In popular culture[edit]

A Wilson volleyball "co-starred" alongside Tom Hanks in the film Cast Away, and Tom's character named the ball "Wilson" in the film. After the success of the film, Wilson Sporting Goods actually created and marketed volleyballs with Wilson's "face" printed on it. Though no longer available as regular store merchandise, the balls have remained listed on the Wilson Sporting Goods website.

Hanks' character's loss of the famed volleyball is lampooned in a scene in the film Behind Enemy Lines when the steam-catapult aboard an aircraft carrier launches a Wilson football off the flight deck prompting Owen Wilson's character to cry "Wilson!"

See also[edit]

References[edit]

External links[edit]

Other


Original courtesy of Wikipedia: http://en.wikipedia.org/wiki/Wilson_Sporting_Goods — Please support Wikipedia.
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976 news items

 
AdAge.com
Mon, 03 Aug 2015 04:03:45 -0700

One of the ways it's doing that is creating customization platforms for brands including Wilson Sporting Goods, Sur La Table and Leatherman Tool Group. "It's not as sterile of an environment, and customization is very intimate to the brand -- and we're ...

NPR

NPR
Mon, 23 Mar 2015 12:57:55 -0700

Update at 7:21 p.m. ET. Jobs to be lost in deal: Baseball's most iconic bat has a new owner. Monday, Hillerich & Bradsby Co., which owns Louisville Slugger, announced the brand would be acquired by Wilson Sporting Goods Co. for $70 million in cash.

NECN

NECN
Fri, 31 Jul 2015 14:45:00 -0700

Official game balls for NFL football's Super Bowl XLIX sit in a bin before being laced and inflated at the Wilson Sporting Goods Co. in Ada, Ohio, Tuesday, Jan. 20, 2015. Updated at 5:58 PM EDT on Friday, Jul 31, 2015. A series of emails between ...

Louisville Business First

Louisville Business First
Wed, 22 Apr 2015 09:41:15 -0700

Wilson Sporting Goods Co., a division of Finnish company Amer Sports Corp., has completed the acquisition of the iconic baseball accessories brand from Louisville-based Hillerich & Bradsby Co., which has been the sole owner of the brand. Chicago-based ...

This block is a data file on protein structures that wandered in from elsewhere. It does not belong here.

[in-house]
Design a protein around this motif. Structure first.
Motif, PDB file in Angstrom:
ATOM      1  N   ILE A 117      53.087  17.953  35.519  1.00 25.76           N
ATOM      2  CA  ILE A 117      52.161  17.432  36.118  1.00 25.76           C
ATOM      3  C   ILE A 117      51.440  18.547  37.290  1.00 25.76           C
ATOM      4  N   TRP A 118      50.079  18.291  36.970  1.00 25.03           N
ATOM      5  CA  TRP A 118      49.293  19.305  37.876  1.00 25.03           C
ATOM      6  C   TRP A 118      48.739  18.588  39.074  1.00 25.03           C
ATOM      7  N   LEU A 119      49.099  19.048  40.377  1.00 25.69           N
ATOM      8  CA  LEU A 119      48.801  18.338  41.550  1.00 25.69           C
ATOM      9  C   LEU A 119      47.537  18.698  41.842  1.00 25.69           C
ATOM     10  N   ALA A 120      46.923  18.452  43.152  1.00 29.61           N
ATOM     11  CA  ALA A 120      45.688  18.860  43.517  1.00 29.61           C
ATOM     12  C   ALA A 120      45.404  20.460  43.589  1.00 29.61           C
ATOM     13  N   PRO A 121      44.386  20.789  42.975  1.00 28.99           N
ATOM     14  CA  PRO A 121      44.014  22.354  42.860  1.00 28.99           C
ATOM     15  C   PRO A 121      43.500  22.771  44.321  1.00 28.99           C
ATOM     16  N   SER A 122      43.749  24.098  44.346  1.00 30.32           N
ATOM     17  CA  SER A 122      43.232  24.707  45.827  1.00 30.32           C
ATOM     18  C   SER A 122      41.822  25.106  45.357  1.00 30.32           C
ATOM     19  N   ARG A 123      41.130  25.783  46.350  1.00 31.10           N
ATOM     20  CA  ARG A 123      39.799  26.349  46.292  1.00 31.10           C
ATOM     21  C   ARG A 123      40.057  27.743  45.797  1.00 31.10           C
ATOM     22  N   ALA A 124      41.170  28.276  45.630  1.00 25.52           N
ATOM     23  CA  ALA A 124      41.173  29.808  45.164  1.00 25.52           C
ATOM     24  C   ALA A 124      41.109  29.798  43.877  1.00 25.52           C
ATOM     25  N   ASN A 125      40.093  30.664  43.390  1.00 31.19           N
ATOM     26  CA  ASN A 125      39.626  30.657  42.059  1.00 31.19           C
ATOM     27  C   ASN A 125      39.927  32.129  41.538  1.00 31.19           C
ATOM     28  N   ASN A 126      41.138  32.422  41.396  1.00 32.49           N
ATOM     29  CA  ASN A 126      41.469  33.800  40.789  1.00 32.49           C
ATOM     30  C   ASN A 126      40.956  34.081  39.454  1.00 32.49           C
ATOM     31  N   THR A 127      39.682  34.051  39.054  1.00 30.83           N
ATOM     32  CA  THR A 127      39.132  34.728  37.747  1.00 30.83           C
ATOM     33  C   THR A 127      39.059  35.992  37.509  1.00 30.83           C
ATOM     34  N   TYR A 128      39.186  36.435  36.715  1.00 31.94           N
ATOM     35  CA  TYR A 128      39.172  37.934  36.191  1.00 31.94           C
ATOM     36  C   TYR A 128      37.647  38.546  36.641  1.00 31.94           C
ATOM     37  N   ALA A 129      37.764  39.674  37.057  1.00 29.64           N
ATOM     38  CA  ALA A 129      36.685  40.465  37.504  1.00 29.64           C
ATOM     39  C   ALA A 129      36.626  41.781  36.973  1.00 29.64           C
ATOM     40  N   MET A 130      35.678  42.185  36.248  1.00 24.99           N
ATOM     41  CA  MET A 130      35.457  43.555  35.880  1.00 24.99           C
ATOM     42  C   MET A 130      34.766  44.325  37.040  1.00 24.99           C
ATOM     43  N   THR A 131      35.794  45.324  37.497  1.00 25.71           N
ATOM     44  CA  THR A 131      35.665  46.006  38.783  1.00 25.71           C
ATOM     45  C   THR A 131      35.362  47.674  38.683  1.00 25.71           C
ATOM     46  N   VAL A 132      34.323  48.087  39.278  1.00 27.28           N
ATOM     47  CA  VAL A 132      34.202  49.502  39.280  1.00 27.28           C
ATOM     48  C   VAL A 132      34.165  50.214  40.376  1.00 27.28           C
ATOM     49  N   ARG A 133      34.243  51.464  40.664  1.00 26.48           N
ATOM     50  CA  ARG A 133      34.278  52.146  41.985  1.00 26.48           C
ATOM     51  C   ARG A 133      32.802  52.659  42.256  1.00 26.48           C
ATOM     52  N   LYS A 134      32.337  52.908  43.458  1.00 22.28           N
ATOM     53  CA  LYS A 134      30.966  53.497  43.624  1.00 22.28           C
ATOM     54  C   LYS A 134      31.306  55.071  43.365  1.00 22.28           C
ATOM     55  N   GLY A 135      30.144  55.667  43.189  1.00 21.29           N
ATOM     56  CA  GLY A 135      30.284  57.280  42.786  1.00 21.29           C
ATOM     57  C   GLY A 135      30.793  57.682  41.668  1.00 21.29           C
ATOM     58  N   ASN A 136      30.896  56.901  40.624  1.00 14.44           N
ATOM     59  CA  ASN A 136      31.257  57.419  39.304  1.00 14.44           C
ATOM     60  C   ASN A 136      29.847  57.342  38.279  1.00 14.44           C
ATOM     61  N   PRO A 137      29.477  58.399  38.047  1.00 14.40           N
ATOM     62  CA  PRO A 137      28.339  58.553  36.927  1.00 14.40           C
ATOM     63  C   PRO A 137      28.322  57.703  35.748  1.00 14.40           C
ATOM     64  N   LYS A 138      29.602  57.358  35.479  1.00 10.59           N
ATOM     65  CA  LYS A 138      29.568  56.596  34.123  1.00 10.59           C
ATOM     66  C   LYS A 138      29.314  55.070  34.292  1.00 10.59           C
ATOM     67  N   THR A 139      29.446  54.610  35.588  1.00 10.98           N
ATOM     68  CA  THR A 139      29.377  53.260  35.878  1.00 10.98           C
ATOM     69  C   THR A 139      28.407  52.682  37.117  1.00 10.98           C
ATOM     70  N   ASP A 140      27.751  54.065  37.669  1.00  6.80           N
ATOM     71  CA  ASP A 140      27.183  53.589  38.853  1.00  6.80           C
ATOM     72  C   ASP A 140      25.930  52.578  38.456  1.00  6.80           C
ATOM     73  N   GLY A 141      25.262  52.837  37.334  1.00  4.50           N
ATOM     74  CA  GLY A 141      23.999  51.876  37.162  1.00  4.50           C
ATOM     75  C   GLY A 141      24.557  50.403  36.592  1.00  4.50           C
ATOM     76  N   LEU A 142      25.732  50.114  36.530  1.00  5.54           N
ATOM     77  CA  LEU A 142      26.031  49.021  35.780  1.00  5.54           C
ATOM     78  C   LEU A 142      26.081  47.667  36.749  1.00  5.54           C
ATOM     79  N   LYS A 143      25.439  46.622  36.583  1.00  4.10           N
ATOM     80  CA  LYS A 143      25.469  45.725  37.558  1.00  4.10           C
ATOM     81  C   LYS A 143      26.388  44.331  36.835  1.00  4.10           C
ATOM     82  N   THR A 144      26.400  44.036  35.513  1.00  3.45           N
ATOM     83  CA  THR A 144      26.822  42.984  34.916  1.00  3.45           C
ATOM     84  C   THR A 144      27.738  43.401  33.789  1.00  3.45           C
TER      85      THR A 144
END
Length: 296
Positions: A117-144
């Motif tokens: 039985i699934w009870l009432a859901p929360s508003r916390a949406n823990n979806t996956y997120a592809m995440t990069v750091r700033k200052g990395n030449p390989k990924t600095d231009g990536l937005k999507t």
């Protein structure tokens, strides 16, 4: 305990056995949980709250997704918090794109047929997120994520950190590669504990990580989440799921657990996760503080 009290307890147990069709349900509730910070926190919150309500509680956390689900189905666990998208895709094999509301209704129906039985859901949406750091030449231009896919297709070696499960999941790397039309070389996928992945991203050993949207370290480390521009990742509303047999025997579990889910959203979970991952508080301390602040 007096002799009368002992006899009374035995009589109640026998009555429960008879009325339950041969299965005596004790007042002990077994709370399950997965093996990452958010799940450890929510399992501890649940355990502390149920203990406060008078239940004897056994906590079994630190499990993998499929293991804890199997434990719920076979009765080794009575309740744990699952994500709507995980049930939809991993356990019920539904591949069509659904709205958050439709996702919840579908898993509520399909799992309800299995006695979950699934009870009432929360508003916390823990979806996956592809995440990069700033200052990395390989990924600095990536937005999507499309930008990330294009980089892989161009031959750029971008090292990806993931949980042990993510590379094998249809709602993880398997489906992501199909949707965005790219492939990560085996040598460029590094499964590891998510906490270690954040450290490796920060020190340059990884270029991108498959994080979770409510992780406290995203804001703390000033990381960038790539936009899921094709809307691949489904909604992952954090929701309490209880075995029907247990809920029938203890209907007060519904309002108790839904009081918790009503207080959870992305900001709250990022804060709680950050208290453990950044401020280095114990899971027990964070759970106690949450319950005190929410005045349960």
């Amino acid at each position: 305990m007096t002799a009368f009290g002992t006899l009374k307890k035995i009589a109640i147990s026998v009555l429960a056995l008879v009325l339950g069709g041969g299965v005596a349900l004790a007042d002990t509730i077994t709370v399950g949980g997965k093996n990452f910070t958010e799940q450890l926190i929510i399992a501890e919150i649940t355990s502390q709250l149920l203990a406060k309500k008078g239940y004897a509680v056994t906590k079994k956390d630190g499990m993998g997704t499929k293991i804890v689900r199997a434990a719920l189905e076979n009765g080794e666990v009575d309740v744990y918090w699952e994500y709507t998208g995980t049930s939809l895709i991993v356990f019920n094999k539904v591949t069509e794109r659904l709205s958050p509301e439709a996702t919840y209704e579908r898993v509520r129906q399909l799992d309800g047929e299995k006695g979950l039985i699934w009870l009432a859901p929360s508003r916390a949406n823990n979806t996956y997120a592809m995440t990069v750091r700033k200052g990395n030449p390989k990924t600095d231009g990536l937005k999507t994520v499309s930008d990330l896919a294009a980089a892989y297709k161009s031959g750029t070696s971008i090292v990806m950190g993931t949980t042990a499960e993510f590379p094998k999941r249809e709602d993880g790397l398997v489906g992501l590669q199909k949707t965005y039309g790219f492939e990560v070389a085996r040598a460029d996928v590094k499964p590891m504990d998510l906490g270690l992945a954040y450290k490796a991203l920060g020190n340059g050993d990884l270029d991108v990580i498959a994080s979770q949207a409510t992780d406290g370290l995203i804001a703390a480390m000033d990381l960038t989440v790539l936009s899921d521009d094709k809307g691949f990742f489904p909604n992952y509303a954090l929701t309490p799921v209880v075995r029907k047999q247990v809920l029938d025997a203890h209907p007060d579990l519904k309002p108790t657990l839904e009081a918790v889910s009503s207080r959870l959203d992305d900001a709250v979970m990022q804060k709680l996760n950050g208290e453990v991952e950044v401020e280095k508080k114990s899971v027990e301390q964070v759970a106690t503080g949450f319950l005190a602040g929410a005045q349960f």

WRTV Indianapolis

WRTV Indianapolis
Fri, 03 Apr 2015 19:31:45 -0700

INDIANAPOLIS -- Wilson Sporting Goods plays a prominent role in the Final Four -- they make the basketballs that will be played in the big games. RTV6 Sports Director Dave Furst had a chance to learn more at Fan Fest. Get the details in the video ...

FIBA

PR Newswire (press release)
Thu, 04 Jun 2015 06:35:48 -0700

MIES, Switzerland, June 4, 2015 /PRNewswire/ -- Wilson Sporting Goods Co., and FIBA, the International Basketball Federation, announced today they have entered into a four-year agreement for FIBA 3x3. As part of the agreement Wilson will provide the ...

Investorplace.com

Investorplace.com
Tue, 24 Mar 2015 11:22:30 -0700

Wilson Sporting Goods paid Hillerich & Bradsby $70 million for the Louisville Slugger brand. John A. Hillerich, CEO of Hillerich & Bradsby, said that the brand was sold partially due to lawsuits concerning injuries from metal bats, reports ESPN.

The Courier-Journal

The Courier-Journal
Thu, 16 Jul 2015 13:39:07 -0700

Hillerich & Bradsby Co. has appointed Kyle J. Beaird as its new chief operating officer and chief financial officer, and Tanee Brewer as the company's new treasurer. Beaird is a graduate of Iowa State University and the University of Pennsylvania's ...